Photography News issue 24


Photography News Issue 24


Before the Judge



Each issue, a respected judge or exhibition selector shares their thoughts and experiences. This month, we hear from international judge Brian Hopper

Words by Brian Hopper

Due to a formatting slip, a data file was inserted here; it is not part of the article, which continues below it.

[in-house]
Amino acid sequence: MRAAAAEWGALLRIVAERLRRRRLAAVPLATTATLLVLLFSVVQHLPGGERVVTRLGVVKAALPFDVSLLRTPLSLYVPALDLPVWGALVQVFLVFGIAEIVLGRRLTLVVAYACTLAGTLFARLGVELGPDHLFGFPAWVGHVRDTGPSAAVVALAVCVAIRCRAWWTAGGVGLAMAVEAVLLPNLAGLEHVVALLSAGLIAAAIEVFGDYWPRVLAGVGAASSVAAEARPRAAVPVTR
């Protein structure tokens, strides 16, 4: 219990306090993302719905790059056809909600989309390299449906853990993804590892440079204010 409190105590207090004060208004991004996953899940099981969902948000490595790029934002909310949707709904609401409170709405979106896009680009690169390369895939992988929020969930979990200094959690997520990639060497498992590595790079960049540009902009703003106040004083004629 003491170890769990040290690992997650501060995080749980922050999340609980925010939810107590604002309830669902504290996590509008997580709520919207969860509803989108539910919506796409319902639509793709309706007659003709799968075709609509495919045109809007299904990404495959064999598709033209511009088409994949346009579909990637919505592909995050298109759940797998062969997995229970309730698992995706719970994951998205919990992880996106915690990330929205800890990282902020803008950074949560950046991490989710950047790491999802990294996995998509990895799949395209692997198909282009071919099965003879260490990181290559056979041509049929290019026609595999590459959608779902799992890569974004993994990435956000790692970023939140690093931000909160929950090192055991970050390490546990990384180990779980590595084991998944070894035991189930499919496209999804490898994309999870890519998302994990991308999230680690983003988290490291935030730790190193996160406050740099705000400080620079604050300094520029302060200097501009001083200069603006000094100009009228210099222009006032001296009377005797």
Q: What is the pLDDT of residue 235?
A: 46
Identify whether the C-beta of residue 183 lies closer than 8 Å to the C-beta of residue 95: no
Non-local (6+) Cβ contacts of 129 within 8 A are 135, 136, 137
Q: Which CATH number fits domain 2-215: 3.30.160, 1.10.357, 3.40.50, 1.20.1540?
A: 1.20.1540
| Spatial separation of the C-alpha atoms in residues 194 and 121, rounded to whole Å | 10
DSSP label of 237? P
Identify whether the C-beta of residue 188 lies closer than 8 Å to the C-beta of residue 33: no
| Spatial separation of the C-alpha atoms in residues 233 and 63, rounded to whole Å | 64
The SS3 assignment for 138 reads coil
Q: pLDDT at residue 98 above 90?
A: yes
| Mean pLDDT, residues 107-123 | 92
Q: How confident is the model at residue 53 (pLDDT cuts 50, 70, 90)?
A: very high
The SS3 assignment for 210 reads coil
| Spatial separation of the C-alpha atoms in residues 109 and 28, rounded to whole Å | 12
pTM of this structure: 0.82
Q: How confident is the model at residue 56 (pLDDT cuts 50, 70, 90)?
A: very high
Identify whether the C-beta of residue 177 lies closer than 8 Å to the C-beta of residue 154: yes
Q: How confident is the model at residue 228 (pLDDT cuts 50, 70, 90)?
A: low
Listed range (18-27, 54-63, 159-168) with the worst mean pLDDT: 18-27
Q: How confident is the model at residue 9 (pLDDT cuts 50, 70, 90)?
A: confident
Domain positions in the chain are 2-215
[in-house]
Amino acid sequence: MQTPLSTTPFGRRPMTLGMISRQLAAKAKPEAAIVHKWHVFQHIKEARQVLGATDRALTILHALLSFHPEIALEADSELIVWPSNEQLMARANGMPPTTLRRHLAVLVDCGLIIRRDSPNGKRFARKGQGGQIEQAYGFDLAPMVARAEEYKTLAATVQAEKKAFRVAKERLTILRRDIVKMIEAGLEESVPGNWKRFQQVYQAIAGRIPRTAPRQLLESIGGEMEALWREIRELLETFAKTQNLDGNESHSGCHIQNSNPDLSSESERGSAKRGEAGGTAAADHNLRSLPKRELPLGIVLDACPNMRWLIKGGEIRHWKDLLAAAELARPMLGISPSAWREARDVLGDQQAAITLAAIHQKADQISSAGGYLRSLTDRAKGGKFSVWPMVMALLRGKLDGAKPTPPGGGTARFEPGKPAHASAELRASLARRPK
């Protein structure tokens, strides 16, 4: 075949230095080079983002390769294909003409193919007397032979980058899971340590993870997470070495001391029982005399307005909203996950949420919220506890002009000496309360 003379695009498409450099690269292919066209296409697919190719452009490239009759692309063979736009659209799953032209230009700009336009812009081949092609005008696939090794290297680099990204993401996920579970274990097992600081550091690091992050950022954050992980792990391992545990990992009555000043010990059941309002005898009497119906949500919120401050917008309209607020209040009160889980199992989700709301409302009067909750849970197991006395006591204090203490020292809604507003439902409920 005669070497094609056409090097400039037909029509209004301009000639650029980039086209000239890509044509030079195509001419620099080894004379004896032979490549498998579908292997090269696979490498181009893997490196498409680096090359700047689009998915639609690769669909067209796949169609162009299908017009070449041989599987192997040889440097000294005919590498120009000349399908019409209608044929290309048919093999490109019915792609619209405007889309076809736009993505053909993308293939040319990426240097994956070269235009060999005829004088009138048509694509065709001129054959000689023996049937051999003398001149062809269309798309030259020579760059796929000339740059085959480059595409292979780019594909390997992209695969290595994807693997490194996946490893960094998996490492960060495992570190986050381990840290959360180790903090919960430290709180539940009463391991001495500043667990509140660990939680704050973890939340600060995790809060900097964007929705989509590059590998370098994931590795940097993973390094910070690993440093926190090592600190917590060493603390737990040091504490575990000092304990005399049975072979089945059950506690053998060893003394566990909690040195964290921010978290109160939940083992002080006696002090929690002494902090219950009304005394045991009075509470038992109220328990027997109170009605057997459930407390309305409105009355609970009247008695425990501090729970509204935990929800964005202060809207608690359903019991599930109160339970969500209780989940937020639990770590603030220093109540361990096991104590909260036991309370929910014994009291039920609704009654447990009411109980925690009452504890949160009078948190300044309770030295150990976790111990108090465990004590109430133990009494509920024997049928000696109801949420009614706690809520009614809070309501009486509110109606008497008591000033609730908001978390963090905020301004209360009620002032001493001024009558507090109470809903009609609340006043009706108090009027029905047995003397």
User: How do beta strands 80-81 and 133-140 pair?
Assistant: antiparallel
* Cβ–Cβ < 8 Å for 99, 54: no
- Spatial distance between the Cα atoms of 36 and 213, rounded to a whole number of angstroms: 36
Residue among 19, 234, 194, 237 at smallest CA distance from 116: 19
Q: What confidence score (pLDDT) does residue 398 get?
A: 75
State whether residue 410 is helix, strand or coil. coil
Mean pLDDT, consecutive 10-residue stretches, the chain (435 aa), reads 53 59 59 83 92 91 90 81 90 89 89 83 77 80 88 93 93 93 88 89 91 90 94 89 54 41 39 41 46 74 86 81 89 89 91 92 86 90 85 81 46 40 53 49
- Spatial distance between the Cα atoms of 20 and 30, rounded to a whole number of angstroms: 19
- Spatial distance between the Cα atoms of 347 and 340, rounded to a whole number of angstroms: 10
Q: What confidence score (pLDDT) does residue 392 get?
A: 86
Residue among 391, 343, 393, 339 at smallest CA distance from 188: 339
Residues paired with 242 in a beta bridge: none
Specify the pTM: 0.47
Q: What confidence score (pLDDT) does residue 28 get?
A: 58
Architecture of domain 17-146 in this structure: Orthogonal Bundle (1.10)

Like many others I gravitated to judging when I proved I could produce good images; in other words when I walked the walk. I started, like most, by judging within my local club and then I was requested to judge in other clubs. I have been involved in assessing distinction panels at every level and consider this element of judging a considerable honour and a huge contribution to my overall experience. I regard it as a privilege to be asked to judge other photographers’ work. At some stage the success I attained was noticed by others and as a consequence I have been lucky to have been invited to judge international salons. I have judged online and in other countries and enjoy the process immensely. When someone approaches you after a competition and comments that as a judge you were very fair, you can consider you have done a good job. Club photographic competitions can be the seedbed of improvements inamateurphotographybutconstant effort must be made to expand the knowledge base by entering national and international competitions because club photography can easily become confined in technique and style. Amateur photography is generally very healthy and is open to many new techniques. In general, amateurs are not restricted in technique or subject and as such tend to experiment in their image making. I don’t mind how an image is made as long as it works. In general, many judges are open to the views of other judges and it is important to air your viewpoint when judging as a member of a panel. The result of judging is a balanced and collective result; the viewpoint of each member must be taken into account and the result should not be influenced unduly by any one member. My fear in judging an image is that I don’t or can’t understand what the author